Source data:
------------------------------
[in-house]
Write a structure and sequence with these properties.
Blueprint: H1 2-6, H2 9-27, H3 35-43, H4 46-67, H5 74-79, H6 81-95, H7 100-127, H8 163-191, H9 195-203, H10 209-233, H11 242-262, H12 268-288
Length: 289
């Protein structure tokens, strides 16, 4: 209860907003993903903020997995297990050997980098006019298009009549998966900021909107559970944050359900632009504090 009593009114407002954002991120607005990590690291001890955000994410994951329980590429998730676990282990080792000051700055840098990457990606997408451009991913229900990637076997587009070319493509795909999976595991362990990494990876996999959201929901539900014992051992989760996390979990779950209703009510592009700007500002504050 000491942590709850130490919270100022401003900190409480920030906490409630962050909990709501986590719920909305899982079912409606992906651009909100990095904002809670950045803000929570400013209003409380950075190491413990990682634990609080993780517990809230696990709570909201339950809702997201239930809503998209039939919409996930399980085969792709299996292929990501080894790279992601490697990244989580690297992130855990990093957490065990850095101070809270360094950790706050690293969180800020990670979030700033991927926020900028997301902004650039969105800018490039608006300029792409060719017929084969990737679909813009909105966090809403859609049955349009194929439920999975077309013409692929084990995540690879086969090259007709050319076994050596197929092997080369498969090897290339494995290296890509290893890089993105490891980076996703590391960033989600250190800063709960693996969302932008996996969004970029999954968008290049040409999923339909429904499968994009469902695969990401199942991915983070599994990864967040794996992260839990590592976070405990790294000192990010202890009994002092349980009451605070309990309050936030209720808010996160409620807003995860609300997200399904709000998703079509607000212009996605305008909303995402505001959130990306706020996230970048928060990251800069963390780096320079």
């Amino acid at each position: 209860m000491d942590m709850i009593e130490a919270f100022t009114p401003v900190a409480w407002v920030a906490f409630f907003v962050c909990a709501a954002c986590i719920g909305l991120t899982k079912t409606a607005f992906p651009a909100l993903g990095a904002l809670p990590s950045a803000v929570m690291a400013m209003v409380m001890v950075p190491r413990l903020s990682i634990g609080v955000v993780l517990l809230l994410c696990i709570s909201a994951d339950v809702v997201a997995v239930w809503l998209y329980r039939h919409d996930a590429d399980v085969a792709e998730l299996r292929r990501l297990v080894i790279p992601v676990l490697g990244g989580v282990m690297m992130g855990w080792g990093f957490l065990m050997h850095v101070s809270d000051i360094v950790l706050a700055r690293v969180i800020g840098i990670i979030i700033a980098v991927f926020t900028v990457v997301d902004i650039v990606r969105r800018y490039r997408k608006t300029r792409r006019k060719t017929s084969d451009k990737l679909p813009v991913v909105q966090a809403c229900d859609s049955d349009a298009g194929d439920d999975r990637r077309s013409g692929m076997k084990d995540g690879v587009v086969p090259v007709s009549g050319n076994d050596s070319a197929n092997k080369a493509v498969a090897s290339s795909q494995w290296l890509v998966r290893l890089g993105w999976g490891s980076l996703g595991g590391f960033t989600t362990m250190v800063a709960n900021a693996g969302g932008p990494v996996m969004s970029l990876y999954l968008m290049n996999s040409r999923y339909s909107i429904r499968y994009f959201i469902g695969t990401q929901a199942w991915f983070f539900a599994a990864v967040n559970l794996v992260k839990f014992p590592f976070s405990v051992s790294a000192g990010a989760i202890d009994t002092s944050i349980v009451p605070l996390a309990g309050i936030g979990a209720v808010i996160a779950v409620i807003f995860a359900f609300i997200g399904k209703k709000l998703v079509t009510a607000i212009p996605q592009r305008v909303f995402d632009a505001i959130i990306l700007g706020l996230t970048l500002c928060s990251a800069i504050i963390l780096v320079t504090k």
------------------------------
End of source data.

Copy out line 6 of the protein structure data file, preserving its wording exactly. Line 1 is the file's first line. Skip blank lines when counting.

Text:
């Amino acid at each position: 209860m000491d942590m709850i009593e130490a919270f100022t009114p401003v900190a409480w407002v920030a906490f409630f907003v962050c909990a709501a954002c986590i719920g909305l991120t899982k079912t409606a607005f992906p651009a909100l993903g990095a904002l809670p990590s950045a803000v929570m690291a400013m209003v409380m001890v950075p190491r413990l903020s990682i634990g609080v955000v993780l517990l809230l994410c696990i709570s909201a994951d339950v809702v997201a997995v239930w809503l998209y329980r039939h919409d996930a590429d399980v085969a792709e998730l299996r292929r990501l297990v080894i790279p992601v676990l490697g990244g989580v282990m690297m992130g855990w080792g990093f957490l065990m050997h850095v101070s809270d000051i360094v950790l706050a700055r690293v969180i800020g840098i990670i979030i700033a980098v991927f926020t900028v990457v997301d902004i650039v990606r969105r800018y490039r997408k608006t300029r792409r006019k060719t017929s084969d451009k990737l679909p813009v991913v909105q966090a809403c229900d859609s049955d349009a298009g194929d439920d999975r990637r077309s013409g692929m076997k084990d995540g690879v587009v086969p090259v007709s009549g050319n076994d050596s070319a197929n092997k080369a493509v498969a090897s290339s795909q494995w290296l890509v998966r290893l890089g993105w999976g490891s980076l996703g595991g590391f960033t989600t362990m250190v800063a709960n900021a693996g969302g932008p990494v996996m969004s970029l990876y999954l968008m290049n996999s040409r999923y339909s909107i429904r499968y994009f959201i469902g695969t990401q929901a199942w991915f983070f539900a599994a990864v967040n559970l794996v992260k839990f014992p590592f976070s405990v051992s790294a000192g990010a989760i202890d009994t002092s944050i349980v009451p605070l996390a309990g309050i936030g979990a209720v808010i996160a779950v409620i807003f995860a359900f609300i997200g399904k209703k709000l998703v079509t009510a607000i212009p996605q592009r305008v909303f995402d632009a505001i959130i990306l700007g706020l996230t970048l500002c928060s990251a800069i504050i963390l780096v320079t504090k």